by Richard Brautigan

I guess you are kind of curious as to who I am,
but I am one of those who do not have a regular
name. My name depends on you. Just call me
whatever is in your mind.

If you are thinking about something that
happened a long time ago: Somebody asked
you a question and you did not know the
That is my name.

Perhaps it was raining very hard.
That is my name.

Or somebody wanted you to do something.
You did it. Then they told you what you did was
wrong — “Sorry for the mistake,”– and you had
to do something else.
That is my name.

Perhaps it was a game that you played when
you were a child or something that came idly
into your mind when you were old and sitting
in a chair near the window.
That is my name.

Or you walked someplace. There were flowers
all around.
That is my name.

Perhaps you stared into a river. There was
somebody near you who loved you. They were
about to touch you. You could feel this before
it happened. Then it happened.
That is my name.

Or you heard someone calling from a great
distance. Their voice was almost an echo.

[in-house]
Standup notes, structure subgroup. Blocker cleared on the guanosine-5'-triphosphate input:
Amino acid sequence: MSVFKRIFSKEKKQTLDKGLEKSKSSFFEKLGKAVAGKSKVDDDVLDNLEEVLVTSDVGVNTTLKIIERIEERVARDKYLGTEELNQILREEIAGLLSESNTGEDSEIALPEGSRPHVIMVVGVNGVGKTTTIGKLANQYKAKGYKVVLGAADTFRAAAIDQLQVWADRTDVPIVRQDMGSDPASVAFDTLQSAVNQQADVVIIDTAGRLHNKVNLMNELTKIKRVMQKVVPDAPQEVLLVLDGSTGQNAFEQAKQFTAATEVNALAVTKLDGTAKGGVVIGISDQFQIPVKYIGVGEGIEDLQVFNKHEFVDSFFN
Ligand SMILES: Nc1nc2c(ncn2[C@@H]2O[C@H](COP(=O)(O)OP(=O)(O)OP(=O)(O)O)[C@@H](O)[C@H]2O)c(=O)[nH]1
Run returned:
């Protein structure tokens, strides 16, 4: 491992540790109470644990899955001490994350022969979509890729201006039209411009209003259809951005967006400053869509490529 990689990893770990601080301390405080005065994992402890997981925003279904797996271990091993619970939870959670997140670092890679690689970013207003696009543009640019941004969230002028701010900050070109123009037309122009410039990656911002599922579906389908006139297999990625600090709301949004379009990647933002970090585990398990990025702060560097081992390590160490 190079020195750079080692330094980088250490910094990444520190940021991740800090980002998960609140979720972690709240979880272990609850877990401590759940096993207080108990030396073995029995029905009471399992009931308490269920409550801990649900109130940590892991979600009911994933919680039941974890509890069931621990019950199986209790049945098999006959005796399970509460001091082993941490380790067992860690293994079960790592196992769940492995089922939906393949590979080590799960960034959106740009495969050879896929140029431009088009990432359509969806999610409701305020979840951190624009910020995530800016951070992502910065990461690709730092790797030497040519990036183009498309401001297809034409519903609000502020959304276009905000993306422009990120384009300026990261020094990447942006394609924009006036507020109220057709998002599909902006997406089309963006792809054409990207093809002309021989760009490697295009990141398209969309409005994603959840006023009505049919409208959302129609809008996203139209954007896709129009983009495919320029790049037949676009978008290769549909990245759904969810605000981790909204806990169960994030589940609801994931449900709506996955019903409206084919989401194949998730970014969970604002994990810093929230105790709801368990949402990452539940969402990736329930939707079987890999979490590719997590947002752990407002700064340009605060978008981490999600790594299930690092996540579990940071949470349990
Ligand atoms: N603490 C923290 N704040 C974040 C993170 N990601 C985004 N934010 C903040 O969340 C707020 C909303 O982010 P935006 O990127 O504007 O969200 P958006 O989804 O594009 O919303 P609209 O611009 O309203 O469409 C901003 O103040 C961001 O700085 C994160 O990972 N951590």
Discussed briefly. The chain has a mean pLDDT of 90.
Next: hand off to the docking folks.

That is my name.

Perhaps you were lying in a bed, almost ready
to go to sleep and you laughed at something, a
joke unto yourself, a good way to end the day.
That is my name.

Or you were eating something good and for
a second forgot what you were eating, but still
went on, knowing it was good.
That is my name.

Perhaps it was around midnight and the fire
tolled like a bell inside the stove.
That is my name.

Or you felt bad when she said that thing to
you. She could have told someone else:
Someone who was more familiar with her
That is my name.

Perhaps the trout swam in the pool, but the
river was only eight inches wide, and the moon
shone on and the watermelon fields
glowed out of proportion, dark, and the moon
seemed to rise from every plant.
That is my name.

From In Watermelon Sugar (1968), a novella by Richard Brautigan

Photo: “Forest’s Edge” by Holly Northrop